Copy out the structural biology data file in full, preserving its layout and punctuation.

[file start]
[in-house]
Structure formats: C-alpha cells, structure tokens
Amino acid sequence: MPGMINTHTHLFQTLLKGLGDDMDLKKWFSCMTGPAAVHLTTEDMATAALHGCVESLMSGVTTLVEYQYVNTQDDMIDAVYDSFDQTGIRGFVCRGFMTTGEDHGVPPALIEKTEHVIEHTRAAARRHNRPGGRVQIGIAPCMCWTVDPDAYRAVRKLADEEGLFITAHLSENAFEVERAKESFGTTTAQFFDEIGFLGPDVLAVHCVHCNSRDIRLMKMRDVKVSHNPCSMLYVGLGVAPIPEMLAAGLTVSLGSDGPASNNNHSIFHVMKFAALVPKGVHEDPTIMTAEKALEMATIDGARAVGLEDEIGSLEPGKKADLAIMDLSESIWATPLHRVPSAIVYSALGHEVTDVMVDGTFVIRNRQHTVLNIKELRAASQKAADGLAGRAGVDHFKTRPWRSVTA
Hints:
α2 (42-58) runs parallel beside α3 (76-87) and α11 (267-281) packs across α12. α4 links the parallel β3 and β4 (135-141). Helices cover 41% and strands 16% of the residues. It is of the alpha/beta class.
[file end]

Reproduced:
[in-house]
Structure formats: C-alpha cells, structure tokens
Amino acid sequence: MPGMINTHTHLFQTLLKGLGDDMDLKKWFSCMTGPAAVHLTTEDMATAALHGCVESLMSGVTTLVEYQYVNTQDDMIDAVYDSFDQTGIRGFVCRGFMTTGEDHGVPPALIEKTEHVIEHTRAAARRHNRPGGRVQIGIAPCMCWTVDPDAYRAVRKLADEEGLFITAHLSENAFEVERAKESFGTTTAQFFDEIGFLGPDVLAVHCVHCNSRDIRLMKMRDVKVSHNPCSMLYVGLGVAPIPEMLAAGLTVSLGSDGPASNNNHSIFHVMKFAALVPKGVHEDPTIMTAEKALEMATIDGARAVGLEDEIGSLEPGKKADLAIMDLSESIWATPLHRVPSAIVYSALGHEVTDVMVDGTFVIRNRQHTVLNIKELRAASQKAADGLAGRAGVDHFKTRPWRSVTA
Hints:
α2 (42-58) runs parallel beside α3 (76-87) and α11 (267-281) packs across α12. α4 links the parallel β3 and β4 (135-141). Helices cover 41% and strands 16% of the residues. It is of the alpha/beta class.